The Trump administration has finalized a plan that would expand employers’ ability to offer health reimbursement arrangements (HRAs) to employees.
The departments of Health and Human Services (HHS), Labor and Treasury first proposed the joint rule in October, which would reconfigure Obama-era regulations that limited employers’ use of HRAs beginning in January 2020. Under an HRA, employers would pay a stipend to allow employees to purchase coverage on the individual markets.
Brian Blase, special assistant to the president for economic policy, said on a call with reporters Thursday evening that the rule was designed with “common-sense guardrails” to allow for greater employer flexibility while avoiding adverse selection in the individual markets.
Blase said White House officials estimate that the size of the individual markets could increase by 50% as a result of the rule. Joe Grogan, assistant to the president and director of the Domestic Policy Council, said on the call that approximately 800,000 employers are expected to take advantage of HRAs under the rule.
Under the rule, employers who offer HRA benefits would be allowed the same tax exemptions that current group plan premiums enjoy, the officials said. The rule is the final dangling thread from a 2017 executive order that directed federal agencies to find ways to increase choice in the individual markets, they said.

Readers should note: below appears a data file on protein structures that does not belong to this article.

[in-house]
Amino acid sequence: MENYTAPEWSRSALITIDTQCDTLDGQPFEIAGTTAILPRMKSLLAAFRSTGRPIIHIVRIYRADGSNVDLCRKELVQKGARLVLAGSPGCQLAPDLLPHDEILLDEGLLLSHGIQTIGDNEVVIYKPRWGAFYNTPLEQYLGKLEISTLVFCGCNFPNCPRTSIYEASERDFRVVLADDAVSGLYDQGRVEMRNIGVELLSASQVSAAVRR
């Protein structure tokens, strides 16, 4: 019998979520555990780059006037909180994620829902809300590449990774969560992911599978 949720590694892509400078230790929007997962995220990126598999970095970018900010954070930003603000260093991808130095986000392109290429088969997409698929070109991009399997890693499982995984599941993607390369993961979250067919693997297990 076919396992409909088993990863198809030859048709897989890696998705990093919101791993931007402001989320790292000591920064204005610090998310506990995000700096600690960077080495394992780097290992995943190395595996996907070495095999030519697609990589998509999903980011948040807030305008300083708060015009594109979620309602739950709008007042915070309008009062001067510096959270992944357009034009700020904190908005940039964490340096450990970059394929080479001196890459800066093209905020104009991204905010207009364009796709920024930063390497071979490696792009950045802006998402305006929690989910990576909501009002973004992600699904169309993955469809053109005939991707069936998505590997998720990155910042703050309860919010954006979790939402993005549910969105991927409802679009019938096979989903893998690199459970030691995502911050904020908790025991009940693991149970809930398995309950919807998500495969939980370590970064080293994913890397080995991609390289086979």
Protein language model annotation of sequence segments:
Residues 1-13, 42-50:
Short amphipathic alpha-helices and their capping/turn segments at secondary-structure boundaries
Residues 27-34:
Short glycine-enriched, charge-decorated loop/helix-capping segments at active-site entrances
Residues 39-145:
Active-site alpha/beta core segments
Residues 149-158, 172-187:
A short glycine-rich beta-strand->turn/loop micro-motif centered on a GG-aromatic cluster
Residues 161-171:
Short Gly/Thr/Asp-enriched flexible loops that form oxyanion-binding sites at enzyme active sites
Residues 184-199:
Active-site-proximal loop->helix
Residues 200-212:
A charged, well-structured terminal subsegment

“Here’s the main takeaway: The rule will provide hundreds of thousands of businesses a better way to offer health coverage,” Grogan said.
Employers will also have the option to launch an excepted benefit HRA, according to the rule. Under this model, employers can offer an HRA of up to $1,800 per year alongside traditional group insurance plans, providing an alternative for employees who may not be able to afford the health plan premiums.
In a statement, HHS Secretary Alex Azar said that the Trump administration projects that the rule would lead to an additional two million people gaining insurance coverage.
“Too many Americans today have too little say in how their healthcare is financed,” Azar said. “President Trump has promised Americans that he will put them in control of their healthcare, and this expansion of health reimbursement arrangements will help deliver on that promise by providing Americans with more options that better meet their needs.”
Trump administration officials expect the rule to be especially beneficial for small employers with fewer than 50 staffers.